Materials and Methods
A non-interventional, cross-sectional, mono-centric study with 500 patients suffering from HS was conducted. The patients: (i) visited the Department of Dermatology, Venereology, and Allergology, University Hospital Charité, Berlin, Germany, from February 2012 to November 2017, (ii) provided written informed consent, and (iii) fulfilled the following inclusion criteria: at least 18 years of age and diagnosis of HS. The diagnosis of HS was made by an experienced dermatologist on the basis of clinical presentation according to the diagnostic criteria (26). QoL data from 462 patients (278 women, 184 men) were available, evaluated, and are presented in this manuscript (Figure 1). Missing data were not replaced for analysis. The number of patients that gave information about specific parameters is indicated in the figure legends.
Figure 1. Overview on the HS study population. The number of HS study participants as well as the number of patients showing a DLQI score ≤ 10 and DLQI > 10 are given. DLQI, Dermatology Life Quality Index; HS, hidradenitis suppurativa; ICF, informed consent form.
The study was conducted according to the principles expressed in the Declaration of Helsinki. The written informed consent was obtained from all participants and the study was approved by the clinical institutional review board of Charité University Hospital, Berlin.
The QoL was analyzed using the Dermatology Life Quality Index (DLQI; see below). Demographic characteristics, family history, details of the course of HS (e.g., age at onset), clinical data (e.g., blood pressure), details of affected regions, and blood cell counts were also collected. The body mass index (BMI) of each patient was calculated as the weight (kg)/height (m)2. Disease severity was assessed using Hurley's 3-stage scale and the Sartorius score. Higher scores indicate greater severity of disease. The most important demographic and clinical characteristics are included in Table 1.
Dermatology Life Quality Index
DLQI is a self-administered questionnaire that was developed to assess QoL of patients suffering from skin diseases. The questionnaire consists of 10 questions covering six various aspects of life: symptoms and feelings, daily activities, leisure, job and school, personal relationships, and treatment of the disease. Each question is scored from 0 to 3, and the sum of the individual values provides the total score used for evaluation: 0 to 1 = no effect on patient's life, 2–5 = small effect, 6–10 = moderate effect, 11–20 = very large effect, and 21–30 = extremely large effect.
Statistical calculations were performed using SPSS software (IBM, Ehningen, Germany). Continuous variables were described as means ± standard deviation (SD) or standard error of the mean (SEM). The Mann-Whitey-U-test (two-tailed) was used to compare means. Discontinuous variables were described using percentages of each modality and were analyzed using the Chi-square test. Correlation analyses were performed by means of Spearman's rank correlation test. Statistical significance was achieved if P < 0.05 (*P < 0.05; **P ≤ 0.01; ***P ≤ 0.001).
HS is a very complex disease that has a relevant genetic component and involves a physical as well as a psychological level of suffering with a significant mutual influence. To gain a deeper insight into these interactions, we first investigated the impact of HS on the QoL in a German patient cohort comprised of 500 HS patients (Figure 1).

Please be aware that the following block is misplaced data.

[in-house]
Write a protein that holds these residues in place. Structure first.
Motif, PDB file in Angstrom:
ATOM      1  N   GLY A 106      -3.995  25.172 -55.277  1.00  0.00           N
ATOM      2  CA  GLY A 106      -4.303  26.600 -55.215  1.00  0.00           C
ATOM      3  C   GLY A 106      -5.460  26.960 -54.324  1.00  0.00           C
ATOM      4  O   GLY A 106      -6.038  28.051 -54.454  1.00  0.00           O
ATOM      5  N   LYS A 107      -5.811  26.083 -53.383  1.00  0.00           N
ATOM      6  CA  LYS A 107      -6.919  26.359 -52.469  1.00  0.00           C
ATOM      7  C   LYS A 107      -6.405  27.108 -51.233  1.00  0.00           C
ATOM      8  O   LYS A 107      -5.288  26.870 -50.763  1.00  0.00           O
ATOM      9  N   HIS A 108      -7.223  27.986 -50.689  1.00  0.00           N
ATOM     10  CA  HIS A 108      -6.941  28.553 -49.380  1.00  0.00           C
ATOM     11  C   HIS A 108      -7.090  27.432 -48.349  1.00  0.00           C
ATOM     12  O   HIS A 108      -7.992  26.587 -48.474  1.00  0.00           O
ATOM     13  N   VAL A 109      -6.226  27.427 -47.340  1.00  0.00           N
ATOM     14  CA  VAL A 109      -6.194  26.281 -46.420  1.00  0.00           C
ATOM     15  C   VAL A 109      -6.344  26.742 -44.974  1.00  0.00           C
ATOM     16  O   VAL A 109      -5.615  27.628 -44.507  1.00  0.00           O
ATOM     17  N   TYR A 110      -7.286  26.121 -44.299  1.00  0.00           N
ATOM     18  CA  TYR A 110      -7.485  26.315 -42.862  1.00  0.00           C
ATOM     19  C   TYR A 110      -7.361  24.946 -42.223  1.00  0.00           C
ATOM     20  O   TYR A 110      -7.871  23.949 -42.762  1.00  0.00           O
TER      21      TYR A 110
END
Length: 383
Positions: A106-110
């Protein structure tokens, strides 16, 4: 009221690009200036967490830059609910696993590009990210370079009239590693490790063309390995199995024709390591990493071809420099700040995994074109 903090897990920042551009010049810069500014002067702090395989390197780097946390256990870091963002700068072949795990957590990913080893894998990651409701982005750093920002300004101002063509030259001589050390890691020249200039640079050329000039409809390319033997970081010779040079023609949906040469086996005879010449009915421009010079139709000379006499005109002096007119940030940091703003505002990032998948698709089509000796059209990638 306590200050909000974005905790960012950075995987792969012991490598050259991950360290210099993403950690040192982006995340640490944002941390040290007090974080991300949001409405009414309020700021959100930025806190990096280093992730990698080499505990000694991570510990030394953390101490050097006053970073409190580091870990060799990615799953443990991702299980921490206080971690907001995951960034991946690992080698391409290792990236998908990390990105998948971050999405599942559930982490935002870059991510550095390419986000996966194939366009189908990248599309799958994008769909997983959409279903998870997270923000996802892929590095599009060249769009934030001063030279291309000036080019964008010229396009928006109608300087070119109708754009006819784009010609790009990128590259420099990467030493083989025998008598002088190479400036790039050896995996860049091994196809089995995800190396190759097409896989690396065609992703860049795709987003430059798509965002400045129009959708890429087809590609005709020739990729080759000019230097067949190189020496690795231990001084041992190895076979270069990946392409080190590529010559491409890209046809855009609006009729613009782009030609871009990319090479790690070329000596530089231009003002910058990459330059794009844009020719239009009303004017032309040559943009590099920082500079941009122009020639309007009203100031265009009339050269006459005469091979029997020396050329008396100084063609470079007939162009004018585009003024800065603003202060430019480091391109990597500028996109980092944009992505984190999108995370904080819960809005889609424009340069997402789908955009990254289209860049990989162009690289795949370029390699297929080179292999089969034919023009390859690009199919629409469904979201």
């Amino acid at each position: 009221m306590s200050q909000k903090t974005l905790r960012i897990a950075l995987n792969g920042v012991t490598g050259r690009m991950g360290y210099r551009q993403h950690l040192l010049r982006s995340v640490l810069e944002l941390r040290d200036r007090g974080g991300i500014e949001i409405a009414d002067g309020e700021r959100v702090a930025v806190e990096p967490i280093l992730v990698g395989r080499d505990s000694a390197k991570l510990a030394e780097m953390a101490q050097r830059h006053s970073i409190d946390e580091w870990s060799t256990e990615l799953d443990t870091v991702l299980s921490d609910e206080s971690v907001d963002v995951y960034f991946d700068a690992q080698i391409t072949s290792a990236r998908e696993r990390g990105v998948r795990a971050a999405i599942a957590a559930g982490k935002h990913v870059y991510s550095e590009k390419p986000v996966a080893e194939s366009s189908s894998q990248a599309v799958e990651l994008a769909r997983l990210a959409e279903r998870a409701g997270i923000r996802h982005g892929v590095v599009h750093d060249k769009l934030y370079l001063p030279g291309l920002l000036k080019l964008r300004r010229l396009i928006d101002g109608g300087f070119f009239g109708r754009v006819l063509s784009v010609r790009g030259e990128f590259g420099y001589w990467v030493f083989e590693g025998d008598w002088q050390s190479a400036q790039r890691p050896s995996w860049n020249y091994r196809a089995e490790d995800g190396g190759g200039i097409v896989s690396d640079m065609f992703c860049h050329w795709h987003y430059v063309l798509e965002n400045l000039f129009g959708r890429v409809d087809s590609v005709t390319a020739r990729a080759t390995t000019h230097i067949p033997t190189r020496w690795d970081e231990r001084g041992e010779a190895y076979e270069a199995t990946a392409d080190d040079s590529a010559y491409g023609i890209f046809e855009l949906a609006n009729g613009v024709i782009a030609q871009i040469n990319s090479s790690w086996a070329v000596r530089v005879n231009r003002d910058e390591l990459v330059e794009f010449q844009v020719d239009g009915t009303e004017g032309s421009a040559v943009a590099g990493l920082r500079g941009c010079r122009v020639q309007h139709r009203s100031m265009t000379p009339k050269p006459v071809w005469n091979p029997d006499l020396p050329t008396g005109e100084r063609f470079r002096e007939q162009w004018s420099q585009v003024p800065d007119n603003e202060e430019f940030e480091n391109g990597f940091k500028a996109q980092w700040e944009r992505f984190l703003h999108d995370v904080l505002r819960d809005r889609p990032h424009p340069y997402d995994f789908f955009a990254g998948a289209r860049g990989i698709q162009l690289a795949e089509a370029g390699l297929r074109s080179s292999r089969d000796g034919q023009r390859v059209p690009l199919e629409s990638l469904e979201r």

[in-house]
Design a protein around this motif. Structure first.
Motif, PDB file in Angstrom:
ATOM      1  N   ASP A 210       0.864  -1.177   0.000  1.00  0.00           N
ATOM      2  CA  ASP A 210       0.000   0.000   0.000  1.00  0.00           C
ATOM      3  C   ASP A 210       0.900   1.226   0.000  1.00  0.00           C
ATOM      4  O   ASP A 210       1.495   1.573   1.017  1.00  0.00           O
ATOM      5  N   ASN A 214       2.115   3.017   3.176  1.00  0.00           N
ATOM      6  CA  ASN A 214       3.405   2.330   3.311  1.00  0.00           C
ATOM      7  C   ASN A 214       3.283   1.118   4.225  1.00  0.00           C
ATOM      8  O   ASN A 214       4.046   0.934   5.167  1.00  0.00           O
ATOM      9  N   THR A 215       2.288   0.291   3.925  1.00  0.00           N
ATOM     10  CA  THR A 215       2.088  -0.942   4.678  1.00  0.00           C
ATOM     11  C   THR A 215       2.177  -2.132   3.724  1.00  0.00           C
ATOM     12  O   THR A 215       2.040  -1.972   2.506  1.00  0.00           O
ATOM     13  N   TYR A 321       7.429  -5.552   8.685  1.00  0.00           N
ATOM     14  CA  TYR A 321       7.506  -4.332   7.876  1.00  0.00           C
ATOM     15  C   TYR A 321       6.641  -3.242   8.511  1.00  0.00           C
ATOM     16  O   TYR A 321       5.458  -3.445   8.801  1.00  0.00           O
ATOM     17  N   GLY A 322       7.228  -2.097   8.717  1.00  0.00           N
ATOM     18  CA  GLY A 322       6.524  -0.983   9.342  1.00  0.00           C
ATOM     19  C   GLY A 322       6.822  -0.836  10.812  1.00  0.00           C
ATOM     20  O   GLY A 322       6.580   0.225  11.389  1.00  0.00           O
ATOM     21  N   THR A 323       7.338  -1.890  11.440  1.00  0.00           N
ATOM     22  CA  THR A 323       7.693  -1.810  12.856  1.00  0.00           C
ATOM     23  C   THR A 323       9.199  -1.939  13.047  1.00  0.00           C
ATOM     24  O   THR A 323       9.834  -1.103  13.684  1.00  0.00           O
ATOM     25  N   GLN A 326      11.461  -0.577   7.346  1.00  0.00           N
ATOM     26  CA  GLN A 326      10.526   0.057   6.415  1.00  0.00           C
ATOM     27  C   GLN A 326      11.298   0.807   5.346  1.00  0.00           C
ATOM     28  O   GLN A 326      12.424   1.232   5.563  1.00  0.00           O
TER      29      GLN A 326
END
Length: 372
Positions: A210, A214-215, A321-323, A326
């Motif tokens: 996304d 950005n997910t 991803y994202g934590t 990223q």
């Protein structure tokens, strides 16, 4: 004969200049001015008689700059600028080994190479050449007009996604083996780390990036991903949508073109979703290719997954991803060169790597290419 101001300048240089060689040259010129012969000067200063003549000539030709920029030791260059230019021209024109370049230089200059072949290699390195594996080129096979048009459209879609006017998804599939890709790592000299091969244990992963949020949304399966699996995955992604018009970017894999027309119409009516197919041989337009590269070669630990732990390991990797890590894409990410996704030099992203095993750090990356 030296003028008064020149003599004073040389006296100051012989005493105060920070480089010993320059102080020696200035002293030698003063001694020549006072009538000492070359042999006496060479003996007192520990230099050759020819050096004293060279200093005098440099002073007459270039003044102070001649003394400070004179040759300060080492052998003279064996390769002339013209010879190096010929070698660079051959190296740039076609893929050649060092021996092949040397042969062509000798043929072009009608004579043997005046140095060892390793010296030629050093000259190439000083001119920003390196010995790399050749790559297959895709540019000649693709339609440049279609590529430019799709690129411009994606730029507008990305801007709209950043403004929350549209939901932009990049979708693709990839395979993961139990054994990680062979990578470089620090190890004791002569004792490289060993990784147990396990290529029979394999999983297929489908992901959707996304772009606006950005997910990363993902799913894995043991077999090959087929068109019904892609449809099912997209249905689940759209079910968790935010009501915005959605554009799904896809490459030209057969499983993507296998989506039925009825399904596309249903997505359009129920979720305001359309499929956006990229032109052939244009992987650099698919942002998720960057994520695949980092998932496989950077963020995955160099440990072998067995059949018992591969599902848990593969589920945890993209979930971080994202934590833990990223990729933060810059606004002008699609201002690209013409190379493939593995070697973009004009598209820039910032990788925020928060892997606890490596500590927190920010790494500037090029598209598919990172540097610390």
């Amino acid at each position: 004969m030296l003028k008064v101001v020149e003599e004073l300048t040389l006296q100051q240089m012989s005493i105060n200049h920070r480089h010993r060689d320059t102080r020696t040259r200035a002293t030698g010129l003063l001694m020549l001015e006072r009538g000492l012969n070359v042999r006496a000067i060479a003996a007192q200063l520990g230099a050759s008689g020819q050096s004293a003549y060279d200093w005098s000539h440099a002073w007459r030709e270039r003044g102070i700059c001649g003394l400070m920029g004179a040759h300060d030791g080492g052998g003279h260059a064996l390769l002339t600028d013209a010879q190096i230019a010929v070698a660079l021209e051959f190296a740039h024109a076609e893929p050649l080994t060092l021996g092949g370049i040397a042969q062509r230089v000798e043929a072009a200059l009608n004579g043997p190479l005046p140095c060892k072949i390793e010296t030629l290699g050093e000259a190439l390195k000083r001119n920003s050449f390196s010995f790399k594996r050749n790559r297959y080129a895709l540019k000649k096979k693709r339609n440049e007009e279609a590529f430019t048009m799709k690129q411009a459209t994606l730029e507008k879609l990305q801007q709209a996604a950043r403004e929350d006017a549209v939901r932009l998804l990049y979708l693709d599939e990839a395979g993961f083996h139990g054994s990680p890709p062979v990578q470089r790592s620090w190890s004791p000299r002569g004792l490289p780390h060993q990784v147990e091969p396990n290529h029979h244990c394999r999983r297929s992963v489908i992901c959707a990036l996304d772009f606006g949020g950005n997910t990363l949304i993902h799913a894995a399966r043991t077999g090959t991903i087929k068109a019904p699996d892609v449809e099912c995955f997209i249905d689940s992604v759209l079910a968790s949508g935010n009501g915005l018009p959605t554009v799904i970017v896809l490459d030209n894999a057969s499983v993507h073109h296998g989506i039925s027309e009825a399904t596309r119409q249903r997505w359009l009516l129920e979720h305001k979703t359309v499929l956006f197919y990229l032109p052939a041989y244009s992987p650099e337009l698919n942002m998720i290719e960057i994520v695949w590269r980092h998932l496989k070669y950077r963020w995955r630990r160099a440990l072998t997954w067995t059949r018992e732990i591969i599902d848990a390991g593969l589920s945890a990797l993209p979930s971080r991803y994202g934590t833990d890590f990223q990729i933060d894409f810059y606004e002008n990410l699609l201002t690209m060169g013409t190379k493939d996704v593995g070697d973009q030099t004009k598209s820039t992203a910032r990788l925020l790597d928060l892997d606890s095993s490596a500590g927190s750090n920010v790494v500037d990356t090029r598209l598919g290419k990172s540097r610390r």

The detected mean (± SEM) DLQI score of all evaluated HS patients (n = 462) was 13.18 (± 0.37), indicating that HS has a profound effect on the lives of patients. A very large (DLQI >10 and ≤20) impairment in QoL was noted in 40.3% of patients, whereas 20.1% of patients had an extremely large (DLQI > 20) impairment (Figure 2). Highest disturbances in patients' QoL were noted in the context of symptoms and feelings (Table 2). In fact, questions focusing on the presence of symptoms like pain, soreness, stinging, or itching (1.56 ± 0.04) and embarrassment or restrictions in self-consciousness (1.57 ± 0.05) achieved the highest score value, indicating the largest impairment.
Figure 2. More than half of the patients with HS showed a severe QoL impairment. QoL was assessed by means of the DLQI questionnaire in 462 patients with HS. The numbers of patients scoring a certain DLQI value is indicated. DLQI category: 0–1 = no effect on patient's life, 2–10 = small / moderate effect, 11–20 = very large effect, and 21–30 = extremely large effect. DLQI, Dermatology Life Quality Index; QoL, quality of life.
QoL Impairment Correlates With Severity of HS
Next, we aimed to determine whether there is an association between the clinical manifestation of the disease and QoL. As assumed, the extent of impairment of QoL positively correlated with disease severity, as assessed by the Sartorius score (rs = 0.307; P = 0.000) and the Hurley score (rs = 0.273; P = 0.000; Table 3). Accordingly, we found a significant difference in disease severity between patients with small/moderate (DLQI ≤ 10) vs. very/extremely large (DLQI > 10) QoL impairment (Figure 3A). In more detailed analyses, we included information about the potential involvement of right and left axillary, inguinal, and gluteal areas as well as pilonidal sinus. These analyses revealed that DLQI was significantly associated with the number of affected body regions (rs = 0.253; P = 0.000; Table 3). Furthermore, there was also a significant difference in the number of these regions containing nodules or fistulas (but not scars) between patients with small/moderate vs. large QoL impairment (Figure 3B).